Source: Review copy:
Publication: 7 February 2019 from Quercus
DCI Nelson has been receiving threatening letters telling him to ‘go to the stone circle and rescue the innocent who is buried there’. He is shaken, not only because children are very much on his mind, with Michelle’s baby due to be born, but because although the letters are anonymous, they are somehow familiar. They read like the letters that first drew him into the case of The Crossing Places, and to Ruth. But the author of those letters is dead. Or are they?
Meanwhile Ruth is working on a dig in the Saltmarsh – another henge, known by the archaeologists as the stone circle – trying not to think about the baby. Then bones are found on the site, and identified as those of Margaret Lacey, a twelve-year-old girl who disappeared thirty years ago.
As the Margaret Lacey case progresses, more and more aspects of it begin to hark back to that first case of The Crossing Places, and to Scarlett Henderson, the girl Nelson couldn’t save. The past is reaching out for Ruth and Nelson, and its grip is deadly.
And so it has come to pass. The baby has been born. And just as when Nigel fell off the Lower Loxley roof 8 years ago, this one is going to have repercussions for years to come. Forgive me if you are not an Archers fan, but in the best possible way I always equate the Ruth Galloway series with my favourite radio programme.
They have so much in common. Including lots of fabulously interesting characters in whom it is impossible not to be invested. The Ruth Galloway books have domestic dramas, children who grow up and develop characters of their own and lots to talk about outside of the main event. Just as I feel ready to relax into my radio programme every weekday evening, so I get the same satisfied feeling when I open a new Ruth Galloway novel.
You can read this book as a stand- alone, but as ever, I think you will get a great deal more from it if you read these books in series order. As it happens, The Stone Circle actually references events in the first book in the series, Crossing Places. Readers of this series may remember Erik Anderssen, who had been Ruth’s mentor.
Now dead, it is as if Erik’s ghost has returned, this time in the form of his son Lief. Leif Anderssen is heading up a Bronze Age dig in the saltmarshes not far from Ruth’s cottage. When old bones of a young girl are found, Ruth is called in to give her expert forensic archaeologist’s opinion. It’s not long before another set of bones is discovered, this time they are clearly more recent and DNA returns a match to Margaret Kirk, a young girl who went missing at a street party to celebrate Charles and Diana’s wedding in 1981.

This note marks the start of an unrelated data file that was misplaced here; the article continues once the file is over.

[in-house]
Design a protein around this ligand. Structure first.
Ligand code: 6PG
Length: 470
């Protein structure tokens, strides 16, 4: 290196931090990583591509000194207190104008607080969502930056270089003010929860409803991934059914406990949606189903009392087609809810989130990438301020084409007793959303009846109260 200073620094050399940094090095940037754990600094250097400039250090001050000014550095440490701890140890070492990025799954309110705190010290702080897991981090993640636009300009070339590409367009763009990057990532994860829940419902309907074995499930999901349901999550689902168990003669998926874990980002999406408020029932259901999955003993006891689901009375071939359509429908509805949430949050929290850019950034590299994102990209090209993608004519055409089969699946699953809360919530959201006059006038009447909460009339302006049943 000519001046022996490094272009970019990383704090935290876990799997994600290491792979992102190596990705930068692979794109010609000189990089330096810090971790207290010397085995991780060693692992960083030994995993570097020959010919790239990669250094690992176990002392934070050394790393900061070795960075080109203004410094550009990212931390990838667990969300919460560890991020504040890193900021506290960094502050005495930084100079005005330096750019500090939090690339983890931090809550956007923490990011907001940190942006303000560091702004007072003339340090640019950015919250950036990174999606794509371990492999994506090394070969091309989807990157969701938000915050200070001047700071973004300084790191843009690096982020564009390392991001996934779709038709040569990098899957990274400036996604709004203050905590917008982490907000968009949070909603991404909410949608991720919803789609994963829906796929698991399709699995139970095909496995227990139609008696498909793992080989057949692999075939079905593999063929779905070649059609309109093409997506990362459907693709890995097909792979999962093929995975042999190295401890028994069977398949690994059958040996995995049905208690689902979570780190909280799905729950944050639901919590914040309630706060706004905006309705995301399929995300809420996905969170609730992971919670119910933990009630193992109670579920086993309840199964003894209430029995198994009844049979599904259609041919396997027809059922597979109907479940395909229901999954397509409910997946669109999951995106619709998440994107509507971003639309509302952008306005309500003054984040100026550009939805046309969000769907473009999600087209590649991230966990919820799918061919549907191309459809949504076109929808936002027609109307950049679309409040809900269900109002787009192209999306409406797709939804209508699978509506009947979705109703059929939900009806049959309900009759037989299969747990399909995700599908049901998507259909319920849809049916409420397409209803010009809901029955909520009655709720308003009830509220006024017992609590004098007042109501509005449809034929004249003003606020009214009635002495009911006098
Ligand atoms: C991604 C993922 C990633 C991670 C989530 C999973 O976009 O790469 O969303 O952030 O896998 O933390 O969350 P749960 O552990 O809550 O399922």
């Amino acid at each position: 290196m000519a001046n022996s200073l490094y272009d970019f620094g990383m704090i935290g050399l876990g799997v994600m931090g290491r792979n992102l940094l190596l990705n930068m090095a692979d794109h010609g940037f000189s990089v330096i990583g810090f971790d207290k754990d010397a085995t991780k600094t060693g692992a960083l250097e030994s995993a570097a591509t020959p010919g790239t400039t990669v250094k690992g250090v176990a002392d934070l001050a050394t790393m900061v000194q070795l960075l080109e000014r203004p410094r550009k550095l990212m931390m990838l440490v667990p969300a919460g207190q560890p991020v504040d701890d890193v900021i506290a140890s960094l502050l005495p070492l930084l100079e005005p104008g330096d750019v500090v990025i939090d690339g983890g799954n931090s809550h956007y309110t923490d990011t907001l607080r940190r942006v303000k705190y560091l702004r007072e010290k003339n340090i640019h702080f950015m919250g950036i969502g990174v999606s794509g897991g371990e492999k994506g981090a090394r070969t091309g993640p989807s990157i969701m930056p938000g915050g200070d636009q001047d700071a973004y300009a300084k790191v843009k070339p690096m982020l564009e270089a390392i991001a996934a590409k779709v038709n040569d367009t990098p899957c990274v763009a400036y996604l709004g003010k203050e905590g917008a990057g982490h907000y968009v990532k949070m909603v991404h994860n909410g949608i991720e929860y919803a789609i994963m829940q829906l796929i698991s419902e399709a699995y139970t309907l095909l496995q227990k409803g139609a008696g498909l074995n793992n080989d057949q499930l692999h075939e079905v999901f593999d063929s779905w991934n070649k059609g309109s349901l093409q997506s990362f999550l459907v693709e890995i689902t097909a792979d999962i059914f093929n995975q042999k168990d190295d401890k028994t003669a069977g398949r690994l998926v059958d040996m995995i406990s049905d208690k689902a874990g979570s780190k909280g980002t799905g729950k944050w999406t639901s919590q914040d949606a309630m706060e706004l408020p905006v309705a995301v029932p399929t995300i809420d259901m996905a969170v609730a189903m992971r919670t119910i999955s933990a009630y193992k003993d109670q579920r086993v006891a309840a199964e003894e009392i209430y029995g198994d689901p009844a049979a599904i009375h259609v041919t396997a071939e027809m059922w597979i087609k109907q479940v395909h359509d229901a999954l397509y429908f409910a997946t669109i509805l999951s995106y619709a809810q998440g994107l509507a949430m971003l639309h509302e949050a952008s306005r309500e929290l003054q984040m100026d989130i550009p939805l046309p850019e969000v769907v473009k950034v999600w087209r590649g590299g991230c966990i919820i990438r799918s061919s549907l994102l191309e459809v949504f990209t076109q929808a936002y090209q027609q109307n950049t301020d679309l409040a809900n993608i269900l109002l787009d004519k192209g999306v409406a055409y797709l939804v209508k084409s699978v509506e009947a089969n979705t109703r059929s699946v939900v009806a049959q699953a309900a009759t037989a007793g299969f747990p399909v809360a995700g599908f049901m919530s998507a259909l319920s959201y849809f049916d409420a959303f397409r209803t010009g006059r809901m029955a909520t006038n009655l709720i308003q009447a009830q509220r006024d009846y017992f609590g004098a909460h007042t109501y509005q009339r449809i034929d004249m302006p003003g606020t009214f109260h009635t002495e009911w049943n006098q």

A murder investigation is launched, and suspects at the time of Margaret’s disappearance are re-interviewed. DCI Harry Nelson is puzzled when he receives a letter like the one Erik sent in Crossing Places, and then Ruth, too receives a similar letter and the reader can’t help wondering if the presence of Lief’s son is more than coincidental.
For Ruth and Nelson, this case brings up so many memories of their first case together when their personal relationship began. That, too, was a case involving a child and it seems as if their relationship has somehow come full circle whilst at the same time they have to recognise that so many things have changed with the birth of Michelle’s baby.
Heading up the Serious Crimes Unit, DCI Nelson, together with Judy, Clough and Tanya are determined to find Margaret’s killer and find some closure for the family after so many years grieving for their missing child. And then a child goes missing and it is brought home to us how much of life is all about the children.
The Stone Circle has so many echoes and reflections that it is hard to resist going back in time to the early days of Ruth and Nelson’s relationship, and to reflect on what might have been. Now though, it is all about the children and how things will move forward. As ever in an Elly Griffiths book, nothing is as clear cut as all that, but I sense that there are opportunities here for Ruth if she is bold enough to take them. I am so looking forward to the next one.
Griffiths melds the past and present together to tell a rounded, fascinating story.
Verdict: A police procedural woven through with atmospheric locations and the fabulous characters we have come to love .
Elly Griffiths is the pen name of Domenica de Rosa and she has written four books under her own name. She was born in London in 1963 though her family moved to Brighton when she was five. She wrote her first book when she was a 11, a murder mystery set in Rottingdean, near the village where she still lives.
Elly read English at King’s College London and, after graduating, worked in a library, for a magazine and then as a publicity assistant at HarperCollins. She became Editorial Director for children’s books at HarperCollins.But it wasn’t until she was on maternity leave in 1998 that she wrote what would become her first published novel, The Italian Quarter.
Three other books followed, all about Italy, families and identity. By now Elly had two children and her husband Andy had just given up his city job to become an archaeologist. They were on holiday in Norfolk, walking across Titchwell Marsh, when Andy mentioned that prehistoric man had thought that marshland was sacred. Because it’s neither land nor sea, but something in-between, they saw it as a kind of bridge to the afterlife. Neither land nor sea, neither life nor death. Elly says “As he said these words the entire plot of The Crossing Places appeared, full formed, in my head and, walking towards me out of the mist, I saw Dr Ruth Galloway. I didn’t think that this new book was significantly different from my ‘Italy’ books but, when she read it, my agent said, ‘This is crime. You need a crime name.’ And that’s how I became Elly Griffiths.”